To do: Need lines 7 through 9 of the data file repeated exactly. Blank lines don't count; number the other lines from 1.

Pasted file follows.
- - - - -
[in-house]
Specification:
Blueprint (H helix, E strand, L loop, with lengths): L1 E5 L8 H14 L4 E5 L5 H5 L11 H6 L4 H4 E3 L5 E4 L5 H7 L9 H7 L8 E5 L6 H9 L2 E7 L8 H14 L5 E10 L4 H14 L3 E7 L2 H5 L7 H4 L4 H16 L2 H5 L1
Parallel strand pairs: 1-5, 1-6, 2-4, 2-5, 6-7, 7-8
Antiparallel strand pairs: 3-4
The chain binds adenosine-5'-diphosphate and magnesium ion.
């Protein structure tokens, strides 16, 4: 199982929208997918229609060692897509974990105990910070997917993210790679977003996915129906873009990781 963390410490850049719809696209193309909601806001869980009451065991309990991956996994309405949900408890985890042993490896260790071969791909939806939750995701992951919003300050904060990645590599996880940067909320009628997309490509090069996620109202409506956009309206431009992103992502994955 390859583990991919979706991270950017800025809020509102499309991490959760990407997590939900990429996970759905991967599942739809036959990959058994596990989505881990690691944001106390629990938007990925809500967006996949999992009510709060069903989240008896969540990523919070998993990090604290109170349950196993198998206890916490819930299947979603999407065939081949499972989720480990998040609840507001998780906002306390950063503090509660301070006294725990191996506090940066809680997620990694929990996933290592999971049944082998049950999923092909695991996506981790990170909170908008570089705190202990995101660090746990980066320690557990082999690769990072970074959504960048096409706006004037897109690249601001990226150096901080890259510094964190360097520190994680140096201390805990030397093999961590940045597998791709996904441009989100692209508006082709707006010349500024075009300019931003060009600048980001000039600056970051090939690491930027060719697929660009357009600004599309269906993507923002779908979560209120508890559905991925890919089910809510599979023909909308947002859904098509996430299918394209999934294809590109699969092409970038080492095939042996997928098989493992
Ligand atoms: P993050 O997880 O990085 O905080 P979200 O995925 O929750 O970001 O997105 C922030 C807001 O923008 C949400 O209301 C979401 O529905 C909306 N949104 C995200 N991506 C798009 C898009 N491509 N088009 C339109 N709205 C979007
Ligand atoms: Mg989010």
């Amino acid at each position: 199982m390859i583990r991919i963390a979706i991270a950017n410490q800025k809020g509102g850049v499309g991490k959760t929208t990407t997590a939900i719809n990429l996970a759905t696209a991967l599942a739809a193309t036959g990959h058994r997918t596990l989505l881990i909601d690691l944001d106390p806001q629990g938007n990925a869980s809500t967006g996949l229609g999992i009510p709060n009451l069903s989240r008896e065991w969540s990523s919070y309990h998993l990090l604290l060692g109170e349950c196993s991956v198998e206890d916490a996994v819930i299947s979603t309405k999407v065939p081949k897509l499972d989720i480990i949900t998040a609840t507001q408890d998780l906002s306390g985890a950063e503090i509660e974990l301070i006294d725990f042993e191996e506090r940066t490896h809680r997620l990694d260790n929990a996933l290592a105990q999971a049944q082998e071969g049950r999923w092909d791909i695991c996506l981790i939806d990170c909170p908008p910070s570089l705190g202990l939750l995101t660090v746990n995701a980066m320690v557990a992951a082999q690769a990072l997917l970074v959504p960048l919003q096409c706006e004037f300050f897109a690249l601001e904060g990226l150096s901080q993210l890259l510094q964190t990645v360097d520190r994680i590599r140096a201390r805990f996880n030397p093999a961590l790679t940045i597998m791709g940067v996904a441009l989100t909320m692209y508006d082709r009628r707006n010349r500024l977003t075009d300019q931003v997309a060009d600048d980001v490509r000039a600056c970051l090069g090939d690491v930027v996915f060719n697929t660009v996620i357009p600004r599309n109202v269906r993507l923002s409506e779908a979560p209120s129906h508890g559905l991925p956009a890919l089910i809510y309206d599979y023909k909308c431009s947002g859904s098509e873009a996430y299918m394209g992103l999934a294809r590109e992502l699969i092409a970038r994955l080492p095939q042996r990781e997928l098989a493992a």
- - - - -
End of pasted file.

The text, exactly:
């Protein structure tokens, strides 16, 4: 199982929208997918229609060692897509974990105990910070997917993210790679977003996915129906873009990781 963390410490850049719809696209193309909601806001869980009451065991309990991956996994309405949900408890985890042993490896260790071969791909939806939750995701992951919003300050904060990645590599996880940067909320009628997309490509090069996620109202409506956009309206431009992103992502994955 390859583990991919979706991270950017800025809020509102499309991490959760990407997590939900990429996970759905991967599942739809036959990959058994596990989505881990690691944001106390629990938007990925809500967006996949999992009510709060069903989240008896969540990523919070998993990090604290109170349950196993198998206890916490819930299947979603999407065939081949499972989720480990998040609840507001998780906002306390950063503090509660301070006294725990191996506090940066809680997620990694929990996933290592999971049944082998049950999923092909695991996506981790990170909170908008570089705190202990995101660090746990980066320690557990082999690769990072970074959504960048096409706006004037897109690249601001990226150096901080890259510094964190360097520190994680140096201390805990030397093999961590940045597998791709996904441009989100692209508006082709707006010349500024075009300019931003060009600048980001000039600056970051090939690491930027060719697929660009357009600004599309269906993507923002779908979560209120508890559905991925890919089910809510599979023909909308947002859904098509996430299918394209999934294809590109699969092409970038080492095939042996997928098989493992
Ligand atoms: P993050 O997880 O990085 O905080 P979200 O995925 O929750 O970001 O997105 C922030 C807001 O923008 C949400 O209301 C979401 O529905 C909306 N949104 C995200 N991506 C798009 C898009 N491509 N088009 C339109 N709205 C979007
Ligand atoms: Mg989010």